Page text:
The armchair war strategists

Kevin Cowherd

February 08, 1991|By Kevin Cowherd

THE GUY DOWN at the 7-Eleven said he knew how we could wrap up this Persian Gulf war in about 24 hours -- no muss, no fuss.

"We start using them FAEs," he said. "Fuel-air explosives. Take out everything -- buildings, tanks, bunkers, you name it -- within a square mile."

"Let me have one of those chili dogs," I said. "Just onions on it."

"Matter of fact,'' he said, ''you can rig them FAEs so you have a killing field 10 miles wide. Iraq'd quit on the spot."

"Take out for a Big Gulp, too,'' I said. ''And one of these Slim Jims."

Hurrying out to the parking lot, I was struck by one consuming thought. Clearly, it was only a matter of time before the Joint Chiefs of Staff would be calling this particular convenience store and asking for my friend behind the counter.

"Franklin," the Joint Chiefs would say, "you're too valuable to waste ringing up Slurpees and straightening the magazine rack and dusting off the 'Test Your Blood Pressure' machine. Why not come work for us?

"We need a guy who knows his way around sophisticated high-tech weaponry: A-10 Warthogs, AGM-65 Maverick missiles, the new precision-guided Tomahawks. Say, while I have you on the phone, how do you set the gyroscope on those new-fangled FAE things, anyway?"

At the shoe store, talk of ending the war was similarly impassioned.

It's not easy shopping for shoes during a war. Oh, don't get me wrong, there are plenty of shoes around. But it's hard getting the sales clerk to concentrate on a pair of tan loafers when he's using his shoehorn to demonstrate the target angle an F-16 takes on a bombing run.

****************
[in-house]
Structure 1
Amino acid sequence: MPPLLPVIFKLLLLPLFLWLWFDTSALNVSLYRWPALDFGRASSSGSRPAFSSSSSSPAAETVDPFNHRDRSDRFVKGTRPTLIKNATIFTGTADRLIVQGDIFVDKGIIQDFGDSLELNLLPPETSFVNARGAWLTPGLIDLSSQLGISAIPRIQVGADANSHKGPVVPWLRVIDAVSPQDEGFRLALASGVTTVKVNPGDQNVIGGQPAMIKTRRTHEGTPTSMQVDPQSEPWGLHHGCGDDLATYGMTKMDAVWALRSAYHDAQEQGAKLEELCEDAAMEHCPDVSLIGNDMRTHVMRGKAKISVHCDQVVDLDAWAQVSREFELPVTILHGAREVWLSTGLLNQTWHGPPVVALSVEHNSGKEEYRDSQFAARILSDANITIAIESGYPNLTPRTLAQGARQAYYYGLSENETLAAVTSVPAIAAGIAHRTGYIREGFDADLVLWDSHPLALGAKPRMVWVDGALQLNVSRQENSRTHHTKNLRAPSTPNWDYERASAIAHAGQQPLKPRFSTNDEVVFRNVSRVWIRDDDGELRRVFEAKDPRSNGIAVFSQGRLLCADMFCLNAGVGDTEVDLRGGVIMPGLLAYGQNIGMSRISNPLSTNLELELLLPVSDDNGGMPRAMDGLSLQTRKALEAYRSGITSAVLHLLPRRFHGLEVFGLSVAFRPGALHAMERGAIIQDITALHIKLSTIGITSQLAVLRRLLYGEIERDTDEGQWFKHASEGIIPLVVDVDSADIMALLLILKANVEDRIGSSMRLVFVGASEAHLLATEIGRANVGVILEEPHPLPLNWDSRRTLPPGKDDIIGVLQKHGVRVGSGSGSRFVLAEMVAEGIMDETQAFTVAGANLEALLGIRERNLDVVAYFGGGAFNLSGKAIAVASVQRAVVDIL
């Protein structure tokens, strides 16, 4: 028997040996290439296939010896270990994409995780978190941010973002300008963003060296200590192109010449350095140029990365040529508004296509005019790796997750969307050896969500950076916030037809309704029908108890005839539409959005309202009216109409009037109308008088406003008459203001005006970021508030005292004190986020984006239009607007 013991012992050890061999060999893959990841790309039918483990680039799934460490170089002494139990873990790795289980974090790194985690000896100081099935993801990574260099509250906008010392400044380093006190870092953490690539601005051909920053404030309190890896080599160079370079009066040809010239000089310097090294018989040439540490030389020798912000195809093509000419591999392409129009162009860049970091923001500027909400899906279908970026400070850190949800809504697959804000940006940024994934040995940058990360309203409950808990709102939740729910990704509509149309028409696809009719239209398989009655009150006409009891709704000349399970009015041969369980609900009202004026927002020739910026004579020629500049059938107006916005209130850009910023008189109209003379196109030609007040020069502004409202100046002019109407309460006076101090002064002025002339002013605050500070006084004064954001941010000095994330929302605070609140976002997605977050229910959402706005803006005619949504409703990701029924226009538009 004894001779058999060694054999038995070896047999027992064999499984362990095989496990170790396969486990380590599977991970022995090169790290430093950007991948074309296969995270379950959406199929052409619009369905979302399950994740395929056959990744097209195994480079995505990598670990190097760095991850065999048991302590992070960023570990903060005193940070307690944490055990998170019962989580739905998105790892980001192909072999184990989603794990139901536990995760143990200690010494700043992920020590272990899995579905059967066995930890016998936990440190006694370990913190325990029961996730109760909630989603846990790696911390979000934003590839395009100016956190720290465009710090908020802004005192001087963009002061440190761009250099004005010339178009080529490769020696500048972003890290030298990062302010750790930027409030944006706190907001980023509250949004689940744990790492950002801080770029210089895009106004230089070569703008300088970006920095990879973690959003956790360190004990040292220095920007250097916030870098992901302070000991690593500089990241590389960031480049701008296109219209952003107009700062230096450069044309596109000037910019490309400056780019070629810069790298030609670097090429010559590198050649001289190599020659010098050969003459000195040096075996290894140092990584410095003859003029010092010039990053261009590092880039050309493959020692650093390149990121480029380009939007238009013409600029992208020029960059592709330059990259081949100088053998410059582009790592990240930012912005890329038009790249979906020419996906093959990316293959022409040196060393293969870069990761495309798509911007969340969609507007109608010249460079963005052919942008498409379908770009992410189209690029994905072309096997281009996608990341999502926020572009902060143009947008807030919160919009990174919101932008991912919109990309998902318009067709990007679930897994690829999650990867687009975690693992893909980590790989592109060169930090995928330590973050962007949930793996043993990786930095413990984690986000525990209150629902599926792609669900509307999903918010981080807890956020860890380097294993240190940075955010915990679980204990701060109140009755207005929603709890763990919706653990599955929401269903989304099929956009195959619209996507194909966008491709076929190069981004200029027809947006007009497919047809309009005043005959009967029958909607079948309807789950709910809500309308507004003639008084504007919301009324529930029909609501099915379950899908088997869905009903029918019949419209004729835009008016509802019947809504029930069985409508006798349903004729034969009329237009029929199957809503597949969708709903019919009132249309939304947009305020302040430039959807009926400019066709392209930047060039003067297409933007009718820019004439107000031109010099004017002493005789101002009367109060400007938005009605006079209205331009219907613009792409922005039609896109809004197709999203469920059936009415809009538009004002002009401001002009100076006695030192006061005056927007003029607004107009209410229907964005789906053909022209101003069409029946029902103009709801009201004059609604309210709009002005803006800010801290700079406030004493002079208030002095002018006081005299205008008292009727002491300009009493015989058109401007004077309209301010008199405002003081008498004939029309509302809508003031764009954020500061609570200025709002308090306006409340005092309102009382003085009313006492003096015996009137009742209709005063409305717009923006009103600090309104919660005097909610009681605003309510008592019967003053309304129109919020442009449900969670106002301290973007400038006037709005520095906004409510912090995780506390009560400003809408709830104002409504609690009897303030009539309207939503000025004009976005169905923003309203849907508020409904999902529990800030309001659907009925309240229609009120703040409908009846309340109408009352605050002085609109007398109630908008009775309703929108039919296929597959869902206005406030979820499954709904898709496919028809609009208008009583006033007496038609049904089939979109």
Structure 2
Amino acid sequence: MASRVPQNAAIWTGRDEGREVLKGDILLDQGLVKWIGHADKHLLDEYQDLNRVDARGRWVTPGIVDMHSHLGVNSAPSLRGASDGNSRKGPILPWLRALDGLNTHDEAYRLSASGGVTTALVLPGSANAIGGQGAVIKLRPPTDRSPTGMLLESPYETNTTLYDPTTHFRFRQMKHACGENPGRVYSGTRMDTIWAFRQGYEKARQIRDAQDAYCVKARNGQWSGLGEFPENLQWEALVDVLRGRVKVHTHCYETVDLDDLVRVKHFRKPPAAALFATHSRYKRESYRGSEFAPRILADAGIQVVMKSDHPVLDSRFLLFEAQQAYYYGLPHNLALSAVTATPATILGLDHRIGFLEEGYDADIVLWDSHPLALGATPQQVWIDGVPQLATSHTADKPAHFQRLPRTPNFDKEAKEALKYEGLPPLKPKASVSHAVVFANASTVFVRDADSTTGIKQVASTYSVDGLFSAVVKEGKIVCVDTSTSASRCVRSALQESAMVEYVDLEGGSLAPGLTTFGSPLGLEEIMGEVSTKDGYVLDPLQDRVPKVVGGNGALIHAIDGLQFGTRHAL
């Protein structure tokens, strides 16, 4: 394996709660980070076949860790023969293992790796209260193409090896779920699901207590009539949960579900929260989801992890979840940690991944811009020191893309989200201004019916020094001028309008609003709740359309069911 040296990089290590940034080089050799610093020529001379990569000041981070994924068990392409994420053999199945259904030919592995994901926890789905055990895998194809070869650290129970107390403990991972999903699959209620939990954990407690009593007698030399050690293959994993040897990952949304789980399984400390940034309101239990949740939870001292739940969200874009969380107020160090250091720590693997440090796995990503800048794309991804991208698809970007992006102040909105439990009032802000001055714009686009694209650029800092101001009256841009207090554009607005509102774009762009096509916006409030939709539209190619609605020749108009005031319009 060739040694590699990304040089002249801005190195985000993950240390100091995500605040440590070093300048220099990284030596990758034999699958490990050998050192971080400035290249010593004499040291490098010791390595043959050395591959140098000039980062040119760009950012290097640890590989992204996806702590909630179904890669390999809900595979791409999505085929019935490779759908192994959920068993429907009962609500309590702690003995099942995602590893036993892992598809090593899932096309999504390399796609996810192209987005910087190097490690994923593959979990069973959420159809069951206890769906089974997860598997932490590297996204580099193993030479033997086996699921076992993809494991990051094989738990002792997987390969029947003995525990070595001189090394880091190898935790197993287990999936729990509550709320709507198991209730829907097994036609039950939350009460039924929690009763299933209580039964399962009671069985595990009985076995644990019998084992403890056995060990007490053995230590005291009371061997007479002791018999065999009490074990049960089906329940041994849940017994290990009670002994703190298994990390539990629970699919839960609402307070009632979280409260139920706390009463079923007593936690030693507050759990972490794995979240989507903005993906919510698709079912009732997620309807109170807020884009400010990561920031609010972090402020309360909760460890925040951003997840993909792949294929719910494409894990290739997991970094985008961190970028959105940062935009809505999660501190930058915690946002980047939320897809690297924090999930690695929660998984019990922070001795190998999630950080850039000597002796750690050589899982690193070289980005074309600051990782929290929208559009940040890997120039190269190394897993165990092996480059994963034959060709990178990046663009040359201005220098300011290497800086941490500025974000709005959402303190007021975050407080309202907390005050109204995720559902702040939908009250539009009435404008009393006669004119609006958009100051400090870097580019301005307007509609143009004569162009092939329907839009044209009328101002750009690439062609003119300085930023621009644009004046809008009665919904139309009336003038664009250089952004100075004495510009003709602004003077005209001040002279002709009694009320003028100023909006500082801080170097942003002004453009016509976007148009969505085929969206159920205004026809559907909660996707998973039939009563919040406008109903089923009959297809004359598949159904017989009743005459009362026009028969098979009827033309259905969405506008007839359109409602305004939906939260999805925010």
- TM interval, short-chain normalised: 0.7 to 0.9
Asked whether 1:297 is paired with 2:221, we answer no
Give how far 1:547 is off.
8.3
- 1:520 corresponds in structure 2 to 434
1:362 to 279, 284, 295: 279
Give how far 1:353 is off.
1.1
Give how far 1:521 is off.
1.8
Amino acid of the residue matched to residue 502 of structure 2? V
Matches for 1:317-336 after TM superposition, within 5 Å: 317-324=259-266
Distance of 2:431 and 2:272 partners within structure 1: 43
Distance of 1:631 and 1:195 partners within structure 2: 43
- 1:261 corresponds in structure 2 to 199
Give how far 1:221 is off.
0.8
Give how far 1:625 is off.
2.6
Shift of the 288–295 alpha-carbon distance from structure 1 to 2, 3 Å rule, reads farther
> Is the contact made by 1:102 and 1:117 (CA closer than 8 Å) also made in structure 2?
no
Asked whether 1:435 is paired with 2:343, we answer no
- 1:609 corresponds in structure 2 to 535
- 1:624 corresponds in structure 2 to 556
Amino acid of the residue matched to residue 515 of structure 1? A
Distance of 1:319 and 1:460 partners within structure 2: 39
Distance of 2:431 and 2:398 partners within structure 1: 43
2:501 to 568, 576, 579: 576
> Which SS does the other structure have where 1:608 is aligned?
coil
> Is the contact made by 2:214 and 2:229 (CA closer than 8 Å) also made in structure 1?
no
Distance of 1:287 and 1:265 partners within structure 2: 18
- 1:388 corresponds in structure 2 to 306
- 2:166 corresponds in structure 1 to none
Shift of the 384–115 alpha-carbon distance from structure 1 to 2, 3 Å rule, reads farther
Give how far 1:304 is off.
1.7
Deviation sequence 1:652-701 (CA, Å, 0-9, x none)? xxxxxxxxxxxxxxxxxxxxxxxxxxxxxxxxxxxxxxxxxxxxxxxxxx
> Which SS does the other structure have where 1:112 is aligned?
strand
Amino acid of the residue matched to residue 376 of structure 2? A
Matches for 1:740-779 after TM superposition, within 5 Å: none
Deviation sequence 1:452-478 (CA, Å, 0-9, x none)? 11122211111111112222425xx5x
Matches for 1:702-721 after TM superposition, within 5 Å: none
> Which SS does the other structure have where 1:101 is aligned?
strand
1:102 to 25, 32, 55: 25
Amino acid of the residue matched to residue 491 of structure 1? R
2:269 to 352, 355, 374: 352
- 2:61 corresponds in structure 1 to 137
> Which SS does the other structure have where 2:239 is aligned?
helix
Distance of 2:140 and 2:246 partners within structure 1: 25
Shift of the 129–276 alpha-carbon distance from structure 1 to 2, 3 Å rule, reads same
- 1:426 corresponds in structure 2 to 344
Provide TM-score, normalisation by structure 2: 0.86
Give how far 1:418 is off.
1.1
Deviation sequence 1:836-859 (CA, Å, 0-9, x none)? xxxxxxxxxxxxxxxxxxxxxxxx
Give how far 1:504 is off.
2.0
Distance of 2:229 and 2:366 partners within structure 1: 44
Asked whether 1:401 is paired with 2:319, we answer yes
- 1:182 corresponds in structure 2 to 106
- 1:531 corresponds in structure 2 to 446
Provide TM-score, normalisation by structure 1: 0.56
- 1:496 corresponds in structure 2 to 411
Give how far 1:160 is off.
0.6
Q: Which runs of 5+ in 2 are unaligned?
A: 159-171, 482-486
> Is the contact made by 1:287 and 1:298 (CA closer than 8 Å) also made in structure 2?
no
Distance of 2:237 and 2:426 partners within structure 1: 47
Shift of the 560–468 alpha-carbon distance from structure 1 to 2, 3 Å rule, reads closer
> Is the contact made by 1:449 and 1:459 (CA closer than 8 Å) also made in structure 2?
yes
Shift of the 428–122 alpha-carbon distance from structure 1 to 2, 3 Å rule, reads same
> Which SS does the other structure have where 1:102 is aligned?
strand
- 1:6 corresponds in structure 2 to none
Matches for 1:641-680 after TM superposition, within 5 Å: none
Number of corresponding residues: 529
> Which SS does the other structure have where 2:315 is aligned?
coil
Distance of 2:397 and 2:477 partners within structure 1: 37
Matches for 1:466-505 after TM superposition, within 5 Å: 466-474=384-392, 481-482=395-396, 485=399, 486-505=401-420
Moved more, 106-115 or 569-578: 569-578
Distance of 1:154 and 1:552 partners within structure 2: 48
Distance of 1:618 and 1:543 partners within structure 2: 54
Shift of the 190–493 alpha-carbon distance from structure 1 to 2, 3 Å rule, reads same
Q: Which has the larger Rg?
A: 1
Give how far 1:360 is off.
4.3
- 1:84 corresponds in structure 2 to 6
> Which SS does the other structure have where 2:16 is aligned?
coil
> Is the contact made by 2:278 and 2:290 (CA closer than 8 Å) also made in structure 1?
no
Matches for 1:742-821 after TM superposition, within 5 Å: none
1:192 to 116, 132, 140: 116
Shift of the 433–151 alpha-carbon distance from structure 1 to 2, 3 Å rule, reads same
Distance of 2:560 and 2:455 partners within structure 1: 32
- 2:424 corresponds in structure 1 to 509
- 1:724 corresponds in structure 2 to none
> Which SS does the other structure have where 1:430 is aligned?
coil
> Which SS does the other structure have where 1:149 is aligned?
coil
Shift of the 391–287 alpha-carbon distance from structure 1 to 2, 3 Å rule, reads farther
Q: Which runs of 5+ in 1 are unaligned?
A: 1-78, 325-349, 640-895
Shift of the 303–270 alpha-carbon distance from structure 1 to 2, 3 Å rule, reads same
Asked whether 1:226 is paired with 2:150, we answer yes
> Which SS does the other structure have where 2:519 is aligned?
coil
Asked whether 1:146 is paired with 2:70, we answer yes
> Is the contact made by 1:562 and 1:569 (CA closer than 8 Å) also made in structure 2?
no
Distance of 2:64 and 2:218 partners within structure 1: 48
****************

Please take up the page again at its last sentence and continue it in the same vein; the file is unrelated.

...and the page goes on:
"I say we send a hit team in to get Saddam," the clerk was saying now, glancing about nervously and lowering his voice, apparently in case any Iraqi agents had infiltrated the mall. "Five six swarthy guys who can mingle with the general population. And the minute they see this SOB -- boom! -- they ice 'im. War'd be over five minutes later."

I said: "Do you, um, have this in a size 10? The 9 1/2's are a little tight."

"Hell," he said, "you could use mortars, grenades, Uzis, even poison if you got close enough. There's a presidential order that says we can't take out a foreign leader. But we'll work around that."

It's strange, the CIA spends millions on recruiting potential employees from Ivy League college campuses, law schools, Army Ranger programs and the like.

And here is this young fellow at Thom McAn's who's seemingly well-versed in covert operations, surveillance work, small arms and explosives training, urban disruption tactics, you name it.

And -- this is the part that kills me -- NOBODY FROM THE CIA EVEN BOTHERS TO LOOK HIM UP!

Even though he's only working at the shoe store from 10 to 6, has his nights free (until softball season) and has a Toyota 4x4 which he'd be perfectly willing to drive to CIA headquarters in Langley, Va.

Certainly, his plan to silence Saddam Hussein seemed feasible enough, although one assumes there are not signs all over downtown Baghdad announcing: WELCOME POTENTIAL ASSASSINS! SADDAM HUSSEIN: THREE BUNKERS OVER, MAKE A LEFT. ENJOY OUR CITY! -- Baghdad Chamber of Commerce.

But once they get past that little problem -- and that other matter of those 750 or so armor-wearing bodyguards who tend to follow Saddam around -- sure, he'd be a sitting duck. No question.

Of course, in order to make the "hit," they'd have to have Saddam's schedule down pat. I would assume the round-the-clock bombing of Baghdad has thrown a crimp into his window-shopping and museum-browsing -- not to mention his impromptu street-corner harangues on the godless Western infidels.

At the supermarket deli counter, though, the conversation had gone far beyond dropping Saddam (literally or figuratively) into the Euphrates River with a pair of cement overshoes.

"Low-yield tactical nuclear weapons," said the man working the meat slicer. "Nothing too heavy -- one kiloton is all I'm talking about."

"Pound of Virginia baked ham," I said.

"Or those enhanced radiation bombs," he said. "The troops would be home in a week."

"Half a pound of provolone," I said.

It occurred to me that I had an appointment later with my insurance agent, apparently an expert of some note on airborne radar-evasion devices.

Although the Pentagon was probably trying to get through to him, too.

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